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The pleasure of the cursive line

Geta Brătescu

(Romênia, 1926-2018)

The pleasure of the cursive line, of writing – I don’t know whether people who haven’t experienced the pleasure of writing are familiar with this state. I think that the act that produces the writing (be it textual, be it purely graphic) is necessarily commanded by the mental gesticulation, a spatial movement, an image of an abstract or figurative journey. Whatever it might be, whatever its origin might be, this mental movement produces a discharge of energy, an extraordinary pleasure. By its cerebral nature, it is a cursive movement – when it becomes syncopated, the discomfort can go as far as pain. But there is also the cursiveness of syncopes, which come one after the other like the waves of a calm sea. The calmness of the alive contains the movement; the tranquility of the alive is a certain kind of movement.

A straight line on a page is the image of a movement; it is the traversal of a space. Immobility is only a certain kind of movement, since the limits of the immobile object are a movement in space, the movement that defines its spatial existence. I know that this is a chair because I have foreknowledge of the description of a chair; and every description is a movement. […]

I’m reading some short stories by Julio Cortazar – they give me an insane appetite to write.

A few years ago, I used to write feverishly. Lack of any publishing success demobilized me. The challenge of ideas does not also mean substance. But now, with the imminent prospect of a few lines, I feel wonderful. The magic of words: the words call to each other, the way forms call to each other, whether or not they wish to repeat themselves. A black, substantial thread has bunched up in my hand, becoming Form – the other forms, the drawn ones, legitimize it. A true miracle. The creation of the world came about in the same way, little by little. The movement of the drawing, captured on the paper like a snapshot, is propagated and in this way the series of snapshots creates the conjunction of space and time; this is exactly what happens in music too. A wall of the studio, covered with drawings, sings. This imaginary fact explains to me why, when I work, even though I have all the necessary equipment, I can’t listen to music; it is a surplus. […]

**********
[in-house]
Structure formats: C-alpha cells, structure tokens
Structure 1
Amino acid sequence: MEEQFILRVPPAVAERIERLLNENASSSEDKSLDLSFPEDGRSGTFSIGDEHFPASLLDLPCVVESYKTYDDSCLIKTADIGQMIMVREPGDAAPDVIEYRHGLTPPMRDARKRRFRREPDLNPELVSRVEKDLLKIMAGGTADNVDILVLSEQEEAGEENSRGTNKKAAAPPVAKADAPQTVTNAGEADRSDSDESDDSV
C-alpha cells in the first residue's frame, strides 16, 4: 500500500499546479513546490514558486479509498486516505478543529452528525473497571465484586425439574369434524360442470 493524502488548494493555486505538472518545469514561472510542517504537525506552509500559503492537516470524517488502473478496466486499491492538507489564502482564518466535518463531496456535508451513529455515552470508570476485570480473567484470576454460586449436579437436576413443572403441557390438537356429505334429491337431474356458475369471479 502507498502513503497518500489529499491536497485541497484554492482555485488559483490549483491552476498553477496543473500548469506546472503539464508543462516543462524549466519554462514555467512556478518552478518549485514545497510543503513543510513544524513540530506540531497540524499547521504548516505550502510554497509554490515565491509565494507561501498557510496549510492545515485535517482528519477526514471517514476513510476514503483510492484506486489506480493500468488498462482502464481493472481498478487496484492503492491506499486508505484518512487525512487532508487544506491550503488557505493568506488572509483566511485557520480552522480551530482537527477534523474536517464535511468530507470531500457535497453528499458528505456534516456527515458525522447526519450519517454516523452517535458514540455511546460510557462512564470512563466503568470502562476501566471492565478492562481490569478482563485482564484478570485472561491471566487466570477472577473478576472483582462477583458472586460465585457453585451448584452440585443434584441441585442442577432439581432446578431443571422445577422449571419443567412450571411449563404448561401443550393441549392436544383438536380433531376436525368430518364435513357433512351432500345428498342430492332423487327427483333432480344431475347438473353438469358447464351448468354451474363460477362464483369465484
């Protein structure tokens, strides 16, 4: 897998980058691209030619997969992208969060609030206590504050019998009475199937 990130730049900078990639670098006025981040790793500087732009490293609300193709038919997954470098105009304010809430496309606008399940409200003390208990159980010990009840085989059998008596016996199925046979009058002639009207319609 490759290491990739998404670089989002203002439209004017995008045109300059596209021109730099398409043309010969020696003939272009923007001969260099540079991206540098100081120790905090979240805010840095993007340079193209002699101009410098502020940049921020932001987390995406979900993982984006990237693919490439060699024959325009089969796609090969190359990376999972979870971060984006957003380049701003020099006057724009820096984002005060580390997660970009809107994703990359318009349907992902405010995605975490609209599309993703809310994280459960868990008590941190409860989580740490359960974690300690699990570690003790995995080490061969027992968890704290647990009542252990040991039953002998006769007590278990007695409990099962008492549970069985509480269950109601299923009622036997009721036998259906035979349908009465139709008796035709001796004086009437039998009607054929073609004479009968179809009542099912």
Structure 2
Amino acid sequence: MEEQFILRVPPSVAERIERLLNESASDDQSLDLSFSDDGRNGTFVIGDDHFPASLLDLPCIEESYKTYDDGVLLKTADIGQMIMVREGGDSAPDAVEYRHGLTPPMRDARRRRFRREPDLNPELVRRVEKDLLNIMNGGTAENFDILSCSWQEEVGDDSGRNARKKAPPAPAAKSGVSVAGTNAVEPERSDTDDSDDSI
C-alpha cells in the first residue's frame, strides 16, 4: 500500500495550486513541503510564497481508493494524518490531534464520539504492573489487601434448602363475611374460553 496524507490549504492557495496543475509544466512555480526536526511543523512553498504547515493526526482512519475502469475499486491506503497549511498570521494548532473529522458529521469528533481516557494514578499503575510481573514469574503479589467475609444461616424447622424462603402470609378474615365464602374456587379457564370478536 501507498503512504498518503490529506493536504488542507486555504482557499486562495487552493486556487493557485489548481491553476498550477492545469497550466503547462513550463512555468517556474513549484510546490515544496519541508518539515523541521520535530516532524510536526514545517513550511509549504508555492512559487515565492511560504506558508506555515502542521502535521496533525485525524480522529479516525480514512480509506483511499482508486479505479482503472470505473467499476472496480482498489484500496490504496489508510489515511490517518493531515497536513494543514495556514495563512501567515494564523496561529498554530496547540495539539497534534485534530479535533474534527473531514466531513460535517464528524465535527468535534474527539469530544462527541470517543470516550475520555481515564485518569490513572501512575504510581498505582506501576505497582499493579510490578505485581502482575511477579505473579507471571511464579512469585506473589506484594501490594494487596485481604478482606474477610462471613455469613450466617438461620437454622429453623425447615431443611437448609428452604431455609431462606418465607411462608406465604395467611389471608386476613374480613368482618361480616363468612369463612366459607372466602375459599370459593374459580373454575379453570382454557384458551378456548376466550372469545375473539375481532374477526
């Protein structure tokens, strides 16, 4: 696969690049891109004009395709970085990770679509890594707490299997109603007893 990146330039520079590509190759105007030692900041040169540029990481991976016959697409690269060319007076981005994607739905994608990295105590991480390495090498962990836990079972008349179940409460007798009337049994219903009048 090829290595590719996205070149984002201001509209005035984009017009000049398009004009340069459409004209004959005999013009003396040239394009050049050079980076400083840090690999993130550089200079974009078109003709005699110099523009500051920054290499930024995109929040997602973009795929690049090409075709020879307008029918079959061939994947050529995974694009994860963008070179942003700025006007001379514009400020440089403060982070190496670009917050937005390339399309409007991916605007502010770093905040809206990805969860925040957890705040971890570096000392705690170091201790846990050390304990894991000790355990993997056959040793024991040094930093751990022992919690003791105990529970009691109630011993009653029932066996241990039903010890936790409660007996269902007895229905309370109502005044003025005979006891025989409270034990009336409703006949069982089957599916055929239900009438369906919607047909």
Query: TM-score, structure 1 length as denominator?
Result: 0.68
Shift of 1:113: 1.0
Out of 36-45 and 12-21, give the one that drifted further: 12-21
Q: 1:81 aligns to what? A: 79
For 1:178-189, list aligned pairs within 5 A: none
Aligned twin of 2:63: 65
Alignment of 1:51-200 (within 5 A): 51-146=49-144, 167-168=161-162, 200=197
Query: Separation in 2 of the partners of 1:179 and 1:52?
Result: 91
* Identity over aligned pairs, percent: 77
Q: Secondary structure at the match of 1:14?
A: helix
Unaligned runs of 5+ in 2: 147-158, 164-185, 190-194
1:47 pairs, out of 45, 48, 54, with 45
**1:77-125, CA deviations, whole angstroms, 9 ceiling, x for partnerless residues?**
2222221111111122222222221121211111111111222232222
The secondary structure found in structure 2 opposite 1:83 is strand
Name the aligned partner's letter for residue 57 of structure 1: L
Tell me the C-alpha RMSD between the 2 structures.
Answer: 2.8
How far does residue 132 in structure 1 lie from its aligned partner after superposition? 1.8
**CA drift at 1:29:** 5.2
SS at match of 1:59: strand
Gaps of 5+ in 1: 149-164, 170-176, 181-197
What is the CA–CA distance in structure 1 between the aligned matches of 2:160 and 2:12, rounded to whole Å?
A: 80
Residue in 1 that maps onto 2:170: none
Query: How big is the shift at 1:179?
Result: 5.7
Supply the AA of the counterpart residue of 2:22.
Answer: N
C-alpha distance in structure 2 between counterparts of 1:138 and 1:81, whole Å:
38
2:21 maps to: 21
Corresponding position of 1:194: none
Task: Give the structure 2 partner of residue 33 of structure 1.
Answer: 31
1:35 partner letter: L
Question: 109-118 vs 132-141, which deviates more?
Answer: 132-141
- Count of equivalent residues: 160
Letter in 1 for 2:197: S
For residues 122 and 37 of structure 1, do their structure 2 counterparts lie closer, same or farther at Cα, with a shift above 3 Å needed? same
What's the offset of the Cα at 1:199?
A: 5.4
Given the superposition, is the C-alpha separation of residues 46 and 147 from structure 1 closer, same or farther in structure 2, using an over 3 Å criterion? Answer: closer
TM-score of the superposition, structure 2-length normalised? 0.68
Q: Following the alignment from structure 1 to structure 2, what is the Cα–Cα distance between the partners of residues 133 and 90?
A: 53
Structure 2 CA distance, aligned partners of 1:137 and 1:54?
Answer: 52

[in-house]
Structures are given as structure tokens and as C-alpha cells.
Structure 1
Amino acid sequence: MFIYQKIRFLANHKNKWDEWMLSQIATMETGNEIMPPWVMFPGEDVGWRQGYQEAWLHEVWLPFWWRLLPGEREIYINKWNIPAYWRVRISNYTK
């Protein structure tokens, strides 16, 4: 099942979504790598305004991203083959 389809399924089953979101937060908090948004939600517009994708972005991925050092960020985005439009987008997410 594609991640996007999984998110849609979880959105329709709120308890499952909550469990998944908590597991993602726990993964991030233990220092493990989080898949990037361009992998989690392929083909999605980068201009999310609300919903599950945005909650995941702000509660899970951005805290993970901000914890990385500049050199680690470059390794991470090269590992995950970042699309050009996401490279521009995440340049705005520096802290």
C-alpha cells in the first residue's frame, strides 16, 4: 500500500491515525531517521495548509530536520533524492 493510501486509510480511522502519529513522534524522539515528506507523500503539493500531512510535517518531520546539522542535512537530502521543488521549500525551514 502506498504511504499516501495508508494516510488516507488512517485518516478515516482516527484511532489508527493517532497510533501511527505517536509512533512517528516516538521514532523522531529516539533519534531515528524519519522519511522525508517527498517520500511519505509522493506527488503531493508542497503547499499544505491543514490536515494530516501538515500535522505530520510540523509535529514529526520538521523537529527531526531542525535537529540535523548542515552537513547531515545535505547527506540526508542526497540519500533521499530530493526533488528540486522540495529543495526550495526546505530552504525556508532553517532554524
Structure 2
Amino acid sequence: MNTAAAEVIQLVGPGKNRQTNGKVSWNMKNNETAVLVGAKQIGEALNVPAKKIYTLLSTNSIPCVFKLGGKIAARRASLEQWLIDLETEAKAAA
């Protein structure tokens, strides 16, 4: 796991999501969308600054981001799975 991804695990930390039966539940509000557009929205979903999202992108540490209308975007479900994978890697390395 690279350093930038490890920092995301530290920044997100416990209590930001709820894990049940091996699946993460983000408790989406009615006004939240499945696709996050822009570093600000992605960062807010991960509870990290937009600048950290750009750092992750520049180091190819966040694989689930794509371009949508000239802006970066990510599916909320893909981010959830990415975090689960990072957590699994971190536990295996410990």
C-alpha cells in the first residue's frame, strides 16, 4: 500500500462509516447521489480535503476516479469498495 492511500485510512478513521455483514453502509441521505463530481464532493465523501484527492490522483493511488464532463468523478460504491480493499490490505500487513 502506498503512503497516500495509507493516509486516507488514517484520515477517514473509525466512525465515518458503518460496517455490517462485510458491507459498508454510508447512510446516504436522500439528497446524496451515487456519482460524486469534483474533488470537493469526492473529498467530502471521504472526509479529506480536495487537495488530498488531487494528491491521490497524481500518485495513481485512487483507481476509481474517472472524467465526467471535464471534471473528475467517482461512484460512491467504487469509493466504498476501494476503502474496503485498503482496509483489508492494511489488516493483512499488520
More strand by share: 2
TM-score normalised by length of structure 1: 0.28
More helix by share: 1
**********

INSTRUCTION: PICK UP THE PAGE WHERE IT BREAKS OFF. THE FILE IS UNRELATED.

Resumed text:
Everything that the painter or sculptor realizes in concrete matter, the plastic image, I am called upon to realize through the adventures of the line; the line alone should create expression and space, not the line of the scholastic drawing, but the line that writes, guided by some mental, imaginative energy or other.

Thus, these drawings, without historical or biographical (autobiographical) connotations, situate themselves naturally within the mythological universe of all times. It may be that I am praising my own creations – no, I am analyzing them the same as I analyze myself and the same as I analyze the world I live in, the people close to me. I reject value judgments in the spirit of cultivated criticism. My commentary is yet another drawing on a sheet of paper laid on top of the existing drawings. […]

For me, drawing is not only a professional task; it is the discharge of rational energy; it might be thought that the idea that gives rise to images is prior; but the idea-image relationship is so intimate, so hard is it to discern when and how these two mental products overlap and which of them is prior, that it is better to abandon the problem.

 

Regardless of the artist’s attitude, be it realist, be it impressionist, be it conceptualist, she experiences the idea-image relationship in her own way; the same as the writer experiences the idea-word relationship. When I draw I know that I write using letters I myself have invented. When drawing, I de-scribe my imaginary world. When my mind is burdened by the world of my everyday life, I am no longer able to draw; such is the case now.

*Excerpts of texts by Geta Brătescu written between 2002-2009. English translation published in Geta Brătescu. Apparitions, Koenig Books, London, 2017. Copyright: The Estate of Geta Brătescu.

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